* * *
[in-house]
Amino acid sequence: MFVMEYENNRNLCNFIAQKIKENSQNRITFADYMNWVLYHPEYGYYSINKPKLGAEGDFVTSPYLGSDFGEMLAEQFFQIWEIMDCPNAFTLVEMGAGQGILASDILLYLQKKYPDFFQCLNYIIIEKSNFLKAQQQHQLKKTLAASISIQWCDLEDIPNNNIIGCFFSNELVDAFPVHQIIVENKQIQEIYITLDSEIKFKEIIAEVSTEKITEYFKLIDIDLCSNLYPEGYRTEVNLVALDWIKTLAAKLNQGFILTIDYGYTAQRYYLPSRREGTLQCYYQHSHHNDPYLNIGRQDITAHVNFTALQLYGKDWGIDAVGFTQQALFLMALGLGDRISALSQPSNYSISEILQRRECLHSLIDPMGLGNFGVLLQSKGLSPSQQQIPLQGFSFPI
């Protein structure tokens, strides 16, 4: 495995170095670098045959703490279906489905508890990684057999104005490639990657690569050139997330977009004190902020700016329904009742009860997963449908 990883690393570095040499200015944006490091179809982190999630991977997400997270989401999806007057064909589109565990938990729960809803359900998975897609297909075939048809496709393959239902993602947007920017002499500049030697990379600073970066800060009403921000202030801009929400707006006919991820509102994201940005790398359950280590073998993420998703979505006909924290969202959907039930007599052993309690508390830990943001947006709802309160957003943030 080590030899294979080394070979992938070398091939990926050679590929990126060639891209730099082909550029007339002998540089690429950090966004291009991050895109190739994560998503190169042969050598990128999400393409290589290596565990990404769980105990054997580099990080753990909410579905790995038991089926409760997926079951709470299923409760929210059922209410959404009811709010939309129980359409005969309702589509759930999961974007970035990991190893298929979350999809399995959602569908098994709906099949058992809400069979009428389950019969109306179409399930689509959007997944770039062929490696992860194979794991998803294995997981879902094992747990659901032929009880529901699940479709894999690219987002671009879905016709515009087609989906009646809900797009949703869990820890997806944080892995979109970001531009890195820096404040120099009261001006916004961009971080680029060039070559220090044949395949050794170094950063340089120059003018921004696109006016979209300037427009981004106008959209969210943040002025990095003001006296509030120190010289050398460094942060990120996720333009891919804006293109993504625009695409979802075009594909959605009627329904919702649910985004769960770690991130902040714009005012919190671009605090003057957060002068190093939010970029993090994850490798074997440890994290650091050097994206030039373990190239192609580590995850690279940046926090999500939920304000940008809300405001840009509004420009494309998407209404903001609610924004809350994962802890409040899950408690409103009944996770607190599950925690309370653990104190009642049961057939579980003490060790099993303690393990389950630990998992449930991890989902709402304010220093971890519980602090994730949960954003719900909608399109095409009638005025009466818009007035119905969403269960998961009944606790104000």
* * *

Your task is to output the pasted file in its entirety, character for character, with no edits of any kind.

[in-house]
Amino acid sequence: MFVMEYENNRNLCNFIAQKIKENSQNRITFADYMNWVLYHPEYGYYSINKPKLGAEGDFVTSPYLGSDFGEMLAEQFFQIWEIMDCPNAFTLVEMGAGQGILASDILLYLQKKYPDFFQCLNYIIIEKSNFLKAQQQHQLKKTLAASISIQWCDLEDIPNNNIIGCFFSNELVDAFPVHQIIVENKQIQEIYITLDSEIKFKEIIAEVSTEKITEYFKLIDIDLCSNLYPEGYRTEVNLVALDWIKTLAAKLNQGFILTIDYGYTAQRYYLPSRREGTLQCYYQHSHHNDPYLNIGRQDITAHVNFTALQLYGKDWGIDAVGFTQQALFLMALGLGDRISALSQPSNYSISEILQRRECLHSLIDPMGLGNFGVLLQSKGLSPSQQQIPLQGFSFPI
């Protein structure tokens, strides 16, 4: 495995170095670098045959703490279906489905508890990684057999104005490639990657690569050139997330977009004190902020700016329904009742009860997963449908 990883690393570095040499200015944006490091179809982190999630991977997400997270989401999806007057064909589109565990938990729960809803359900998975897609297909075939048809496709393959239902993602947007920017002499500049030697990379600073970066800060009403921000202030801009929400707006006919991820509102994201940005790398359950280590073998993420998703979505006909924290969202959907039930007599052993309690508390830990943001947006709802309160957003943030 080590030899294979080394070979992938070398091939990926050679590929990126060639891209730099082909550029007339002998540089690429950090966004291009991050895109190739994560998503190169042969050598990128999400393409290589290596565990990404769980105990054997580099990080753990909410579905790995038991089926409760997926079951709470299923409760929210059922209410959404009811709010939309129980359409005969309702589509759930999961974007970035990991190893298929979350999809399995959602569908098994709906099949058992809400069979009428389950019969109306179409399930689509959007997944770039062929490696992860194979794991998803294995997981879902094992747990659901032929009880529901699940479709894999690219987002671009879905016709515009087609989906009646809900797009949703869990820890997806944080892995979109970001531009890195820096404040120099009261001006916004961009971080680029060039070559220090044949395949050794170094950063340089120059003018921004696109006016979209300037427009981004106008959209969210943040002025990095003001006296509030120190010289050398460094942060990120996720333009891919804006293109993504625009695409979802075009594909959605009627329904919702649910985004769960770690991130902040714009005012919190671009605090003057957060002068190093939010970029993090994850490798074997440890994290650091050097994206030039373990190239192609580590995850690279940046926090999500939920304000940008809300405001840009509004420009494309998407209404903001609610924004809350994962802890409040899950408690409103009944996770607190599950925690309370653990104190009642049961057939579980003490060790099993303690393990389950630990998992449930991890989902709402304010220093971890519980602090994730949960954003719900909608399109095409009638005025009466818009007035119905969403269960998961009944606790104000």